CIDER nREPL Internals
Eager loading of all of `cider-nrepl’s middleware resulted in a significant impact to the startup time of the nREPL server. To mitigate this we’ve devised a strategy to postpone the actual initialization of some middleware until the first time it’s actually used by a client.
That’s the reason why middleware description in
cider-nrepl are not following the common
nREPL convention to be supplied in the same file where the middleware is defined.
Even though nREPL requests are asychronous in their nature, some editors might be forced
to wait for the response of a request. This is obviously going to result in lock-up in
case of an unhandled exception, that’s why
cider-nrepl introduced the concept of
a "safe transport" that does some reasonable handling of such errors.
All middleware ops operating on some symbol that needs to be resolved would normally do the
resolution themselves. They typically take as parameters
sym, which are current
namespace and a symbol in it, and would resolve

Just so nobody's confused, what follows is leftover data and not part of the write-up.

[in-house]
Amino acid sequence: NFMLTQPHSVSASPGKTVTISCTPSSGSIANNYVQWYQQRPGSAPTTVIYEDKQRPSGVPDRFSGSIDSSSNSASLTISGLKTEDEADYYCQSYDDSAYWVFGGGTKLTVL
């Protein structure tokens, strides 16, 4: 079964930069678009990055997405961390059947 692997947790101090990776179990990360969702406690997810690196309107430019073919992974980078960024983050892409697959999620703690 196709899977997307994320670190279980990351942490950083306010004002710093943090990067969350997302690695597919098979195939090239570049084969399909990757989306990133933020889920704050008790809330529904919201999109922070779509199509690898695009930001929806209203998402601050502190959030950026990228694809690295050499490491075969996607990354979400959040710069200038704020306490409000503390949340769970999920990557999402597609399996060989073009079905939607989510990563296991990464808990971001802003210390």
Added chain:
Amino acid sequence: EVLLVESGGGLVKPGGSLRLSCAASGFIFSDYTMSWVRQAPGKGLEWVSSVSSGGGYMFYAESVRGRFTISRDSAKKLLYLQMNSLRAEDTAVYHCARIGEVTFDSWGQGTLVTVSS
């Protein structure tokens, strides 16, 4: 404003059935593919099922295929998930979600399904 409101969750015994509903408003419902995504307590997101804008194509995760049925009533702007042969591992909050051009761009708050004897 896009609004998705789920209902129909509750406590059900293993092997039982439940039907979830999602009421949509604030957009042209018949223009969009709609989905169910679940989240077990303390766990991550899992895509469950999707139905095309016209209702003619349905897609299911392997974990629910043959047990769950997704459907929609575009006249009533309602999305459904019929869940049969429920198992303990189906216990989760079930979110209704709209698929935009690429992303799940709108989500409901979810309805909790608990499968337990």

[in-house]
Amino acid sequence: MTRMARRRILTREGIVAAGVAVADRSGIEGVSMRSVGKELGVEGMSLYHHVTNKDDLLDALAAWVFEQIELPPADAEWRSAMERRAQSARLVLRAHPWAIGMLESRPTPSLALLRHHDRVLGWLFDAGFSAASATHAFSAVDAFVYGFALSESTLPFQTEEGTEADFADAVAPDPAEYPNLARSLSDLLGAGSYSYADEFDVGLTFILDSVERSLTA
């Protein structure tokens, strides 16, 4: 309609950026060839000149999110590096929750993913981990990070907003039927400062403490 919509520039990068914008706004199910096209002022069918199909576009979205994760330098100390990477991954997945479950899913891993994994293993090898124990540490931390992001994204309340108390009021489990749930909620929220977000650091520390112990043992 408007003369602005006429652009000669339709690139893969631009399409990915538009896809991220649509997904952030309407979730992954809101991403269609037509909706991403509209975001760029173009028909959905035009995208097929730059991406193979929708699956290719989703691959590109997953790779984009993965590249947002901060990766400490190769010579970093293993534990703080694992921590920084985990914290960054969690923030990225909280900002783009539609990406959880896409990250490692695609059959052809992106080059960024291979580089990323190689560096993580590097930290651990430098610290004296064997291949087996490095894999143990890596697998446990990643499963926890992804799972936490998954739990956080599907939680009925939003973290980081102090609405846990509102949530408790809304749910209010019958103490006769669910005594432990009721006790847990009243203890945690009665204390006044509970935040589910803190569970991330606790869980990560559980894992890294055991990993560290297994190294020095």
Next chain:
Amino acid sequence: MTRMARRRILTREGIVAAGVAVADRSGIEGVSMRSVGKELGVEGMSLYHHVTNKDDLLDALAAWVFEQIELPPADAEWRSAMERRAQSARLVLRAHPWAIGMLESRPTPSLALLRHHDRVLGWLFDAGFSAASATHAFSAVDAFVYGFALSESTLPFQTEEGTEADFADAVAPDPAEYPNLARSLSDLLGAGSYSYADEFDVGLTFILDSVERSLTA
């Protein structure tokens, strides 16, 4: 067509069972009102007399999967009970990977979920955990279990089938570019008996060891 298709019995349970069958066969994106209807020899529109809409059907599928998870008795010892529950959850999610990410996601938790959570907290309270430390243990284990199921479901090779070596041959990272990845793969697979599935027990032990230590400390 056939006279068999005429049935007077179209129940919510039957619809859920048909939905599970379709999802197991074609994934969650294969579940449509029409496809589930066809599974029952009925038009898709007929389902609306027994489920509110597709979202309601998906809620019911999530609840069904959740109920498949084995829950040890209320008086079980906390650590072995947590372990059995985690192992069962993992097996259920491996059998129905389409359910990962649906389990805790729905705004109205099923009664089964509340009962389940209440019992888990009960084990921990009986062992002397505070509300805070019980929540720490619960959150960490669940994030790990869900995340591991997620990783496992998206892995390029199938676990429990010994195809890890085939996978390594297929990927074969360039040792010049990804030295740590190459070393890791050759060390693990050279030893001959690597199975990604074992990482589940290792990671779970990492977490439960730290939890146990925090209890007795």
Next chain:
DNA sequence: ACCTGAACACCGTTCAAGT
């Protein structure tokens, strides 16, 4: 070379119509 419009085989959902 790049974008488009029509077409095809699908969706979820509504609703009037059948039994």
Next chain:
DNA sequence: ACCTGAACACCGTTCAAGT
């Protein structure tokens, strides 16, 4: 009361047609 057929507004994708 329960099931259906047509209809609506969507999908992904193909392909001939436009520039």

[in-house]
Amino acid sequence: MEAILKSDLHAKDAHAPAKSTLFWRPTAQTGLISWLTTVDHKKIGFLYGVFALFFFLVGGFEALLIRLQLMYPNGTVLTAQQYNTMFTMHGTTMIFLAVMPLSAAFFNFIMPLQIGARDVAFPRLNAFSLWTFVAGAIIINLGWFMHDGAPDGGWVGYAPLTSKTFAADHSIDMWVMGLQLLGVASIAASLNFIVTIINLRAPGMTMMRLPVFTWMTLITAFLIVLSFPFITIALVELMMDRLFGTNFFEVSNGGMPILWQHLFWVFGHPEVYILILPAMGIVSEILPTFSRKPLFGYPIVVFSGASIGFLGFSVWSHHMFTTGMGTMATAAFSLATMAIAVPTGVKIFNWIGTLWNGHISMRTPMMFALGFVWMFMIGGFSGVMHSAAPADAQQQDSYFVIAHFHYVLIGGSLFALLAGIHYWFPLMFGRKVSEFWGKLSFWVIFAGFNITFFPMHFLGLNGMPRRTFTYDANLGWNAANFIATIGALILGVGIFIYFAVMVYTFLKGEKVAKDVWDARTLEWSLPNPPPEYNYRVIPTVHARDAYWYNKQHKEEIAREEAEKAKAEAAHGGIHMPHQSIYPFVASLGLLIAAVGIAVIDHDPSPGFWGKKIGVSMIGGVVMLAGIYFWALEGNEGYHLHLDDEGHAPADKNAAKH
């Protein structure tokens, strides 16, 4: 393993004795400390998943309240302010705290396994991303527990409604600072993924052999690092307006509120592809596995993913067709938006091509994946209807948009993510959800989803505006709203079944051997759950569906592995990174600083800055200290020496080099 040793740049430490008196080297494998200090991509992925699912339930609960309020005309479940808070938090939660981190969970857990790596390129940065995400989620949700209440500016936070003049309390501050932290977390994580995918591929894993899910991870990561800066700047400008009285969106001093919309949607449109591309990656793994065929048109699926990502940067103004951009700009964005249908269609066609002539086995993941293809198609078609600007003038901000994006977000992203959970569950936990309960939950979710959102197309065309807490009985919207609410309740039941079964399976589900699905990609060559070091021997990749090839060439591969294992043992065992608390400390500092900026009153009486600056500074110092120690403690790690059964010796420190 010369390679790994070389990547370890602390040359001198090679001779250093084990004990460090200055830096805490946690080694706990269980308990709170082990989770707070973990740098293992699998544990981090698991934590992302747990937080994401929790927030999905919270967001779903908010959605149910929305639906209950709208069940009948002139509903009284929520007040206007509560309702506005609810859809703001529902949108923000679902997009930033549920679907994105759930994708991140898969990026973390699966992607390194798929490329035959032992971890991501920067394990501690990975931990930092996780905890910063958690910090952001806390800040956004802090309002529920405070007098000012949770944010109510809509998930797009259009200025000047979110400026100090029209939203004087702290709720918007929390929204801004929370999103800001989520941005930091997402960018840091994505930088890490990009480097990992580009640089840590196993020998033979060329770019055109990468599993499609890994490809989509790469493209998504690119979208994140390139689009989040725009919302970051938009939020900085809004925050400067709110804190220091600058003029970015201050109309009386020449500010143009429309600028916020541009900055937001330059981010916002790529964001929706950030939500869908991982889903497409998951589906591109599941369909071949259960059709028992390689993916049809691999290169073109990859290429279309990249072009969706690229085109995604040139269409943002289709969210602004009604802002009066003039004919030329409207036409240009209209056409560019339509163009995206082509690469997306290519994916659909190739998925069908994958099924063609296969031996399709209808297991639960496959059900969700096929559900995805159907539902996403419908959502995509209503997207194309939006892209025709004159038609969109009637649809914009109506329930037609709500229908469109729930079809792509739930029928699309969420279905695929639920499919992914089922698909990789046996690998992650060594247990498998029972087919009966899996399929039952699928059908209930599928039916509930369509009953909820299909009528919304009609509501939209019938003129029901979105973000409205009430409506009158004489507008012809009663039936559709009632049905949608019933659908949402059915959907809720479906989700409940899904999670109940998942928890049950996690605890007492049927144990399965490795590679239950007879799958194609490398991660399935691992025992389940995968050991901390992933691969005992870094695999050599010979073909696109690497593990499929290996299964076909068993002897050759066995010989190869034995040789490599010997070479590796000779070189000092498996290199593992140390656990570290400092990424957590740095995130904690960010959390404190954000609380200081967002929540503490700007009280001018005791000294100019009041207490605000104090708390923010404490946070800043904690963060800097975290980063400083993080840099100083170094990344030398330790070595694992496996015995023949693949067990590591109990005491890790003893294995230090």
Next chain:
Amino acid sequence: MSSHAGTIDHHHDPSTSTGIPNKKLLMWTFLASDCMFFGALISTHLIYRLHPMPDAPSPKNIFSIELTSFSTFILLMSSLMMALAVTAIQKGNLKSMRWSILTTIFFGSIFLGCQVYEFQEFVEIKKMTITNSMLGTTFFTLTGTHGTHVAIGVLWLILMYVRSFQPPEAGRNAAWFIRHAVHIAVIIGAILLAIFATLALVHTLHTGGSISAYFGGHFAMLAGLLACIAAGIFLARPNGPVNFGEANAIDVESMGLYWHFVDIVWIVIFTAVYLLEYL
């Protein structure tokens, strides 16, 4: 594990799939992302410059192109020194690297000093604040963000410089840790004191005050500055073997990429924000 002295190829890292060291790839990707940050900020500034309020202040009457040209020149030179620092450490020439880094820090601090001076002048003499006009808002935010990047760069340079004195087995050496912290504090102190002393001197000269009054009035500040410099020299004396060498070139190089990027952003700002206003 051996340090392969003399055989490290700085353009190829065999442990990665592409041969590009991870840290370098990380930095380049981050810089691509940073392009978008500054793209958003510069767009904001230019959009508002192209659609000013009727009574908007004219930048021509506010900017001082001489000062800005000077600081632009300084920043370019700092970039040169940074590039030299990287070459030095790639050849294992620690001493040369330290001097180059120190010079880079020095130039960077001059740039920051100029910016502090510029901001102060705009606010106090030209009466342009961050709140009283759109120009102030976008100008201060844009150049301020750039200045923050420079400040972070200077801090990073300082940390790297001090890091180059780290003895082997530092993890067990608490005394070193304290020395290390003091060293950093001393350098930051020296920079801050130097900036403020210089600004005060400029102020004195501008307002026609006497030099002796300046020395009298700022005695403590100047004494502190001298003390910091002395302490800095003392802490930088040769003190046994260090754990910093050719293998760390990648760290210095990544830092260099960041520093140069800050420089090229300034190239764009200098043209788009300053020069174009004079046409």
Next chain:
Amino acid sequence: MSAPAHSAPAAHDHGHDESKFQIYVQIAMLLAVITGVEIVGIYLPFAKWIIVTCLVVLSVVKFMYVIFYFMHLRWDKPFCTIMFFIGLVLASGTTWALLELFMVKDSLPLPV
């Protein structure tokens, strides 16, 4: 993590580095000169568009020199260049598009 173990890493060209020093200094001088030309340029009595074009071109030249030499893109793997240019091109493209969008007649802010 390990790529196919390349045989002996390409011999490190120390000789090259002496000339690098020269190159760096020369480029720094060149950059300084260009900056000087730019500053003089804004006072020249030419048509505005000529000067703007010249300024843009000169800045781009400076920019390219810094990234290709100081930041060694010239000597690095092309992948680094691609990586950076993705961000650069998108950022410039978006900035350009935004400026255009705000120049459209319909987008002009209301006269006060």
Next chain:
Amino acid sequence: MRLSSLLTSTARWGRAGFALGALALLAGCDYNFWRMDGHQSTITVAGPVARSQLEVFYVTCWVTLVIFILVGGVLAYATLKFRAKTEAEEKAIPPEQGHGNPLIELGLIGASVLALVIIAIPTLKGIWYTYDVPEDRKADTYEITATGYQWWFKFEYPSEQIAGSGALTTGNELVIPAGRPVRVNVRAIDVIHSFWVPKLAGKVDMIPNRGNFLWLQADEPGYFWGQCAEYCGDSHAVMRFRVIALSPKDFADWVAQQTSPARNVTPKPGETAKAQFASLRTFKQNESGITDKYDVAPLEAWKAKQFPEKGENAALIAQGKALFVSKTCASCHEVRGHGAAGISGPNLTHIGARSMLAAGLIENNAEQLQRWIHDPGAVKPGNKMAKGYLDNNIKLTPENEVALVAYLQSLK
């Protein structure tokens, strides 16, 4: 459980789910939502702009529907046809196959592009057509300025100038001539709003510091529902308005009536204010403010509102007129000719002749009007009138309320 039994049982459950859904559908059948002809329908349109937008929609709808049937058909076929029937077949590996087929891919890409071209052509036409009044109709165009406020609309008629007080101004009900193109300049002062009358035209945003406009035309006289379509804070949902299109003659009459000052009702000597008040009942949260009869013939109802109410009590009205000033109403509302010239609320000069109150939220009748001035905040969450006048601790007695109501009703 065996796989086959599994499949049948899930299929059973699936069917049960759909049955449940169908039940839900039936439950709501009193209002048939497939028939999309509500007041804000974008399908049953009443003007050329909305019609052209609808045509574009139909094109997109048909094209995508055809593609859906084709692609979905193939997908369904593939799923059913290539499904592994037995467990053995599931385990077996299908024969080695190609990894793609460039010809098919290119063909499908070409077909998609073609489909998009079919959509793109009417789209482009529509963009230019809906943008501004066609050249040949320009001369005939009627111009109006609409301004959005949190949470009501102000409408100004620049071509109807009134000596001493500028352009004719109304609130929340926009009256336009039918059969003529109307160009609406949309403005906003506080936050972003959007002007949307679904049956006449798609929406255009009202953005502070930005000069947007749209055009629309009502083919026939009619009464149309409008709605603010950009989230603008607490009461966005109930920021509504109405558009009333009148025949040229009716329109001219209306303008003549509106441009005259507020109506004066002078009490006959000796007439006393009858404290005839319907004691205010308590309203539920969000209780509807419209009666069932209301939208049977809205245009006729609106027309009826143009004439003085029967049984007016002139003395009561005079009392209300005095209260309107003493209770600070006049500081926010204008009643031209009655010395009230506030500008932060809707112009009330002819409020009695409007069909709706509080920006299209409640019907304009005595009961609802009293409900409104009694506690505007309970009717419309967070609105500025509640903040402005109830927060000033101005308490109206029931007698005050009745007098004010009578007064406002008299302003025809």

sym in the context of
This spares users from having to invoke
info on every symbol before passing the resolved result
to another op. It also maps well to the typical editor workflow - normally you’d be asking
for some operation to be performed for some unresolved symbol in the current namespace.
Currently the ClojureScript support relies on inspecting the ClojureScript compiler
cider-nrepl would fetch the compiler state from Piggieback and pass it
to the underlying libraries (e.g.
clj-suitable) that do something useful with it.
Unfortunately the majority of the middlewares don’t support ClojureScript
currently, as they are implemented in terms of Clojure-only libraries. Another
roadblock is that
cider-nrepl runs in a Clojure context and you have to jump
through some hoops to evaluate ClojureScript code from it (e.g. pipe it to
eval or evaluate it against the ClojureScript runtime directly as
a string). Hopefully this will change down the road.
`cider-nrepl’s dependency would conflict with the dependencies of the application using it, so we have to take some care to avoid such situation.
All of cider-nrepl’s dependencies are processed with mranderson, so that they won’t collide with the dependencies of your own projects. This basically means that cider-nrepl doesn’t have any runtime dependencies in the production artifact - just copies of the deps inlined with changed namespaces/packages.
This means that
cider-nrepl has to also take some steps to hide the inlined namespaces,
so they won’t pollute the results users would be interested in. Pretty much all of `cider-nrepl’s
ops would filter out the inlined namespaces.